Karen Dewitt

NYS Capitol Correspondent

Ways to Connect

Bret Jaspers, WSKG

The state Senate’s newest member, Fred Akshar, known for his chain saw wielding ad, says he intends to be independent, including from his predecessor Tom Libous, who resigned the seat after a felony conviction.

Karen DeWitt

As momentum for New York Governor Andrew Cuomo’s proposal to raise the state’s minimum wage to $15 an hour grows, opponents are trying to fight back. Small Business groups, farmers and others who employ low wage workers  are organizing, and a fiscally conservative group is out with a study showing potential job losses.

A new proposal by the state ethics commission that could restrict campaign donations is raising some questions.

There’s only one political race Tuesday that directly effects New York State government, and that’s a special election for a State Senate seat in the Southern Tier. Karen DeWitt reports on a race that has the Republican candidate far ahead.  


Three-quarters of school districts in the state have applied for waivers from the new teacher evaluation rules set out by Governor Cuomo and the legislature in March. The news comes amidst lots of changes, including  the leadership of the state Board of Regents.

State lawmakers said a few years ago that they would  no longer permit the controversial member item program to continue, but  critics say the old system, which gave taxpayer money to legislators’ pet projects, is being revived in a new form.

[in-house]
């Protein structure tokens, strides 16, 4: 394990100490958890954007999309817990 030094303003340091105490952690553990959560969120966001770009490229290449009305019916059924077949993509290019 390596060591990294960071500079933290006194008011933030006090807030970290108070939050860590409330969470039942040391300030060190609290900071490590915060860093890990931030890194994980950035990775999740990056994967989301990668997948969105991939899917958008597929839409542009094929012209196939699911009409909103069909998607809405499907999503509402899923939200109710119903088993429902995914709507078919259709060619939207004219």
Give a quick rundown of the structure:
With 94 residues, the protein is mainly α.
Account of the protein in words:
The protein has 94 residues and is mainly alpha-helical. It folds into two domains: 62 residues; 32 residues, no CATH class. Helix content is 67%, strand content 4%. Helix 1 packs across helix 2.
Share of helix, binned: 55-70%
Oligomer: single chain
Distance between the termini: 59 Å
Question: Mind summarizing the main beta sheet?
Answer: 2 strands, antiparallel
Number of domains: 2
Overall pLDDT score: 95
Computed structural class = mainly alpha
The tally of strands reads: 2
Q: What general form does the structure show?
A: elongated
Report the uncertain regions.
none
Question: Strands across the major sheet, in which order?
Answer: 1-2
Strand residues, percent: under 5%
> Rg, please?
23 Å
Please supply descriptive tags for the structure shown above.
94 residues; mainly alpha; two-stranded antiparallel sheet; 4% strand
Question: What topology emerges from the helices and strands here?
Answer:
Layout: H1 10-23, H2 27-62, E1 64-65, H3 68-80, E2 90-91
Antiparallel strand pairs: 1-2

Times Union Website Crime Confidential Blog

Governor Cuomo, five years into his term in office, has reached a plateau with voters. About half still like and support him, the other half have reservations.

Mwanner/Wikipedia Commons

Political and private sector leaders from around the state are spending three days at the Capitol, making their best case to win a share of $1.5 billion dollars in economic development monies for their region. Critics have called the competition the “hunger games,” because, under the rules, three regions will win, but four others will lose out on the funds.



Governor Cuomo says he’s going to press for a statewide regulatory system that allows ride sharing services including Uber and Lyft to operate.


  The ride sharing service Uber, which already operates in New York City, is making a big push to move into upstate and Long Island. But that would require state lawmakers to take action.

Uber officials, armed with a study that says 13,000 new jobs could be created if Uber is allowed in all of New York, came to the State Capitol to make their case. They have started an online petition and ad campaign to help convince the state legislature to pass laws to allow the service to operate .